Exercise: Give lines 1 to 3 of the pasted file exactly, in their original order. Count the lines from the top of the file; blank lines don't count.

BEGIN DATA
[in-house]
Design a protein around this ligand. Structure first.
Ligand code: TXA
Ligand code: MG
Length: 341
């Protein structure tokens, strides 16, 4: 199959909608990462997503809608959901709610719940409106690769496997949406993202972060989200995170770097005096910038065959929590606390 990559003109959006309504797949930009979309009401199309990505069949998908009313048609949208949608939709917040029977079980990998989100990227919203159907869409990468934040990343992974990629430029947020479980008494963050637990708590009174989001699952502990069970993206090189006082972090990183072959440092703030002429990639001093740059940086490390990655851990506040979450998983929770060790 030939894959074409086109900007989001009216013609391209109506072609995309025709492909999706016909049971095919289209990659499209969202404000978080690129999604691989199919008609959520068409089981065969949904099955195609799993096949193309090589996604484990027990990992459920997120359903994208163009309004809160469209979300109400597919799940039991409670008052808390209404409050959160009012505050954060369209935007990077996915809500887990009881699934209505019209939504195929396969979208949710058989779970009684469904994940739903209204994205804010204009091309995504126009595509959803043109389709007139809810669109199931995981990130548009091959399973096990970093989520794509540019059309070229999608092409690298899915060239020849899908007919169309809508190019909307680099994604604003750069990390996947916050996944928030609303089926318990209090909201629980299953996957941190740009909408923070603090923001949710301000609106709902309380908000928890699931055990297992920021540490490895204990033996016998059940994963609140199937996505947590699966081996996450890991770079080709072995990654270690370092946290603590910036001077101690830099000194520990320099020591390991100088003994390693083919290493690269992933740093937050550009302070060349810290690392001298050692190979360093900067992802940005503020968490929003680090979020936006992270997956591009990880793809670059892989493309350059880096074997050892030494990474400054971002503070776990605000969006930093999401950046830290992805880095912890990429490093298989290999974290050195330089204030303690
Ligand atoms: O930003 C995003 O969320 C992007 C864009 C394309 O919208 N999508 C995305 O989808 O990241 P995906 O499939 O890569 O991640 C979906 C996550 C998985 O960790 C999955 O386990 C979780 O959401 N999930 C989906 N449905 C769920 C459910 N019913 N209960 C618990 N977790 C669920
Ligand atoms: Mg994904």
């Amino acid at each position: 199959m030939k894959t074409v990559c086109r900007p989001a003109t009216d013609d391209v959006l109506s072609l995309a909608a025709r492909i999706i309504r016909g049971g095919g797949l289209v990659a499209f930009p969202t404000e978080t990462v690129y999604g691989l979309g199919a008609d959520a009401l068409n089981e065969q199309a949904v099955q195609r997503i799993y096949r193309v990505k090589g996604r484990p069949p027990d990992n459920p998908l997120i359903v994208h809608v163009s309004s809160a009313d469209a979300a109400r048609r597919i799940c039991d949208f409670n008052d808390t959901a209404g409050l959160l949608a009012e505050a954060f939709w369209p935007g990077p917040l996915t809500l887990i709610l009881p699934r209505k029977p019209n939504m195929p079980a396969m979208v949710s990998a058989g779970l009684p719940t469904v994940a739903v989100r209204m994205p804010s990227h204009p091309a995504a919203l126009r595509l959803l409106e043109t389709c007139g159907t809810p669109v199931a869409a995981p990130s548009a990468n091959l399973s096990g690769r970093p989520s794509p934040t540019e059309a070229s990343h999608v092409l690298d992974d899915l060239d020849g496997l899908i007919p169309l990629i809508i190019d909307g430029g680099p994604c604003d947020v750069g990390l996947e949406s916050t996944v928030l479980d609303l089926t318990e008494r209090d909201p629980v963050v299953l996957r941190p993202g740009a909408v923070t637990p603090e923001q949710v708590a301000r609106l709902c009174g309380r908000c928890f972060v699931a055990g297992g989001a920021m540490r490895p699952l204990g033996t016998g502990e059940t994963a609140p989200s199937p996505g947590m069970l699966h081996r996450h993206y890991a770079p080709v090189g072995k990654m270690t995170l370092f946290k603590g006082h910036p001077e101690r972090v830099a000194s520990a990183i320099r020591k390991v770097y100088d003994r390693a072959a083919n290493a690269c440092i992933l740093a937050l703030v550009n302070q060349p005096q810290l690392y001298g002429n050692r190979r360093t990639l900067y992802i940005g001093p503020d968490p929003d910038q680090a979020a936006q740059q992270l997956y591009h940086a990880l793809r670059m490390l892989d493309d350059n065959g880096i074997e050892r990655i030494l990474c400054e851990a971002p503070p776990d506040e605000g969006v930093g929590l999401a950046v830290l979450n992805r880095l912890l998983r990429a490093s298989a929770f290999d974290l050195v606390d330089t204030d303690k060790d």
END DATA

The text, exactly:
[in-house]
Design a protein around this ligand. Structure first.
Ligand code: TXA